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  • Writer's pictureSherri M. Herman

Rebuilding Trust in Yourself After Divorce

Have you struggled with trusting yourself after divorce? If so, you’d be normal. 


Society puts the forever-marriage on a pedestal. 


My maternal grandparents were married for 65 years when my grandfather passed away. They were together for a total of about 72 years. According to our culture, they won the marriage lottery. And maybe they did.


But my friend, it’s time to stop comparing. Part of rebuilding your trust in yourself is trusting that you’re on the exact right path for your life. You were born in a different era and a different culture. You never were, and never have been, dependent on marriage for survival or love.


It’s time to give up the assumption that you need to be married (and stay married) in order to be worthy of love, trustworthiness, and to be a good person.



woman releasing petals on bridge

Honest people get divorced.


It takes a hell of a lot of honesty, courage, integrity, and humility to admit that something isn’t working. Or maybe that you're being mistreated, or that you got married for the wrong reasons, that you’re living a lie, that you got married when you were living unconsciously, or that you hate what your life has become, etc.


It doesn't matter. What matters is that you got honest with yourself and you took action.


Some people stay in a miserable marriage for years just so they can fulfill an image of happiness and perfection, meanwhile, their soul is starving for true connection. That is an incredibly lonely life. And as you may already know, chronic loneliness can shave years off your life (nearly 30%) and drastically increase the risk factors of a myriad of health problems including dementia.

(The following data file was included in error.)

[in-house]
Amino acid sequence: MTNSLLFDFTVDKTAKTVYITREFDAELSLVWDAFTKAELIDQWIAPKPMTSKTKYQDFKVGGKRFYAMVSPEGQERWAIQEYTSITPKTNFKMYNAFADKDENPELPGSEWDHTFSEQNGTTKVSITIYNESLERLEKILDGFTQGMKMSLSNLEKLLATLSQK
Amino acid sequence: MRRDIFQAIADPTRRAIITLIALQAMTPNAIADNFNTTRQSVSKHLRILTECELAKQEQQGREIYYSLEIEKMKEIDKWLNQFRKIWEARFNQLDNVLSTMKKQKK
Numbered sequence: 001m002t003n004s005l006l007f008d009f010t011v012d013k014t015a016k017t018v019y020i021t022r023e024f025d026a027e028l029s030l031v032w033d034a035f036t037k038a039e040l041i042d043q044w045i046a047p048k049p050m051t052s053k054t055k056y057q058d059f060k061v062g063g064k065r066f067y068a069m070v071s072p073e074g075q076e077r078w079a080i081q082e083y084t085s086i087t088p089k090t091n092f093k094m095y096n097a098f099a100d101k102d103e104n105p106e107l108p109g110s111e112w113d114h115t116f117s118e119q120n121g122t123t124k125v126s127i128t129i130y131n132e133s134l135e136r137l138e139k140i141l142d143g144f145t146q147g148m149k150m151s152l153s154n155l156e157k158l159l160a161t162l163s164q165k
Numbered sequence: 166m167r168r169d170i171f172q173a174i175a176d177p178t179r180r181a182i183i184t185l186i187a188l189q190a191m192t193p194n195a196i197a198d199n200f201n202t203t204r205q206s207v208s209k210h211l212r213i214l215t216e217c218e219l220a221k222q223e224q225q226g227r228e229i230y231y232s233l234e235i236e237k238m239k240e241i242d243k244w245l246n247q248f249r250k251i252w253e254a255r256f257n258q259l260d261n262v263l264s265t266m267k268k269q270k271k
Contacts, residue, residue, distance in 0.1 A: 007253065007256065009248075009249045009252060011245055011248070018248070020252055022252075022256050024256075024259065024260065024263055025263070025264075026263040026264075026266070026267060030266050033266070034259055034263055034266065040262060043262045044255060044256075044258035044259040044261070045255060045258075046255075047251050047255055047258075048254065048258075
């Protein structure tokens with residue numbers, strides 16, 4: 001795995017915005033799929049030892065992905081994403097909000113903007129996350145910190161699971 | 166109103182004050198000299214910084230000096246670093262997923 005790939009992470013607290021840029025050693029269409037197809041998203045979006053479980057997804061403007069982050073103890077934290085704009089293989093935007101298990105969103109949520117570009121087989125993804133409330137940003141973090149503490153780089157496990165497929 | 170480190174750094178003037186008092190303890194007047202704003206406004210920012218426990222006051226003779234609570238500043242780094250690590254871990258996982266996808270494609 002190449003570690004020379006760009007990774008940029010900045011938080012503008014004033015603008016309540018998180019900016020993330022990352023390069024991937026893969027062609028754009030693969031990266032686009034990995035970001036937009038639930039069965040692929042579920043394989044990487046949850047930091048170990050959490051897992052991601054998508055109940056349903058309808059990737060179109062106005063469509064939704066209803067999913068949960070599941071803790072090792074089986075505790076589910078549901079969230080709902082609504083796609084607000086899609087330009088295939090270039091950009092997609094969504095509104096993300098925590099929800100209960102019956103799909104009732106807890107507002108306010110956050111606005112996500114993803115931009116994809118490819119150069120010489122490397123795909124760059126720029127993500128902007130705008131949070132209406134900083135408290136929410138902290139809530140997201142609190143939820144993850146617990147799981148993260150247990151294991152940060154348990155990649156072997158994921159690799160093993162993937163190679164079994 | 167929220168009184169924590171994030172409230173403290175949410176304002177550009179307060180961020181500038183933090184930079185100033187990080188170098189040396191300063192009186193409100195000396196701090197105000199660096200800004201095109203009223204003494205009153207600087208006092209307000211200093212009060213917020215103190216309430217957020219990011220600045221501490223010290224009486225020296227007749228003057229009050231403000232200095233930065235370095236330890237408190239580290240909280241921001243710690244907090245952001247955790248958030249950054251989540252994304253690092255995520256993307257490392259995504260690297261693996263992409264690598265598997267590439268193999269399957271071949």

Staying in an unworkable marriage to manage other peoples' perceptions of you and your life isn’t worth the cost.


Good and trustworthy people don’t stay married.


Whaa? Hold up - hear me out. I’m not saying that people who stay married aren’t trustworthy people (although sometimes they’re not). I’m saying that you don’t lose your trustworthiness or goodness as a person simply because you have divorced. 


On the contrary, if you are divorced, it means you honored yourself by asking for the divorce or you honored your former spouse by giving them the divorce that they wanted or needed to be a whole person. That is very trustworthy.


Divorce is actually a very loving and trusting thing to do. Yes, I said it. Divorce is a loving thing to do because it relinquishes control. I think it was Gandhi who said that any attempt to control another is an act of violence (but I’m not able to confirm the source at this time). But I would add, that sentiment goes for your relationship with yourself. 


I’m saying, you can trust yourself even more because of where you are. You’ve gone through some seriously hard times and have made some seriously hard choices. And you’re still here. You’re obviously interested in your own growth as a person, otherwise you wouldn’t be reading this. That tells me that you can trust yourself to make wise decisions for your life.